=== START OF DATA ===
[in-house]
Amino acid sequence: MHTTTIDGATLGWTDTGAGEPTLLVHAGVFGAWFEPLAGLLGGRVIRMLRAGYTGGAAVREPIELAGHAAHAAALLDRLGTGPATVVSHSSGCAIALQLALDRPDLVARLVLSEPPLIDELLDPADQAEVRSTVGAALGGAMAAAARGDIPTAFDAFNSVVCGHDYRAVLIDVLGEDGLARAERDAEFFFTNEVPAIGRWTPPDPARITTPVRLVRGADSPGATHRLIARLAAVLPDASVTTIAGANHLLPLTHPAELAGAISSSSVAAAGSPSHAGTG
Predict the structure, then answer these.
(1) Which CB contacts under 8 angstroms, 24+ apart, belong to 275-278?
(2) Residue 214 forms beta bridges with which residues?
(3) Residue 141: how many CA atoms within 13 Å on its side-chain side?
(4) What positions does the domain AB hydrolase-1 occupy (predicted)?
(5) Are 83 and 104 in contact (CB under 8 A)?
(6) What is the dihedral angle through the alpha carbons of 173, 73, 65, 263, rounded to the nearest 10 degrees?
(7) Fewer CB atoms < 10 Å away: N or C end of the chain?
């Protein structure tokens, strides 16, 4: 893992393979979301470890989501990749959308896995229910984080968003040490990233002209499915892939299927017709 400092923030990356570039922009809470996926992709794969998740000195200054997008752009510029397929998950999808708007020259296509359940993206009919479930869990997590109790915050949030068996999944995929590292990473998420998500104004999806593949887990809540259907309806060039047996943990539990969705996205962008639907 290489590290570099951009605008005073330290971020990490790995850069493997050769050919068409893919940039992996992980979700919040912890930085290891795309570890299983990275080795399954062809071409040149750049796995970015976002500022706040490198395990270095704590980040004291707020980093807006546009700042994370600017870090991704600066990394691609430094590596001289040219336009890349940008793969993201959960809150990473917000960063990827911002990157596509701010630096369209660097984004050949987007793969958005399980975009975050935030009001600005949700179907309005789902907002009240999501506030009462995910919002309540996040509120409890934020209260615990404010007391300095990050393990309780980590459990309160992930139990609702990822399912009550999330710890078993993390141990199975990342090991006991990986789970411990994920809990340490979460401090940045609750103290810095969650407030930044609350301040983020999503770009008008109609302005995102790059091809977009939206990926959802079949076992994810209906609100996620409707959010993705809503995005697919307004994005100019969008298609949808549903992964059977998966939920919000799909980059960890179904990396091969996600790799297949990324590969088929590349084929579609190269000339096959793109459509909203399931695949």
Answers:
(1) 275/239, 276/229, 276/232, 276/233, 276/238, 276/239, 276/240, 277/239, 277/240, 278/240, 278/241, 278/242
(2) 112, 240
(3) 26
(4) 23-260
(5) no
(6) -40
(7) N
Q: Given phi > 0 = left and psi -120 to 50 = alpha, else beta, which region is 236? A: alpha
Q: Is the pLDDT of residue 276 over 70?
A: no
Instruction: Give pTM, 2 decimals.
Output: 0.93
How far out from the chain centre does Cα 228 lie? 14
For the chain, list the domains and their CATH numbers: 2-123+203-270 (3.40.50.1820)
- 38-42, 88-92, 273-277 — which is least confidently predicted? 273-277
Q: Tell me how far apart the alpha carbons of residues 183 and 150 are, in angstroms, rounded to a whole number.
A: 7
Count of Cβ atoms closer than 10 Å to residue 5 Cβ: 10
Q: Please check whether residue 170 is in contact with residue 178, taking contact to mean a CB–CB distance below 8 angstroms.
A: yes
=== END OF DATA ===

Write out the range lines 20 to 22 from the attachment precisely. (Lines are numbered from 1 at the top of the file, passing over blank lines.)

Q: Given phi > 0 = left and psi -120 to 50 = alpha, else beta, which region is 236? A: alpha
Q: Is the pLDDT of residue 276 over 70?
A: no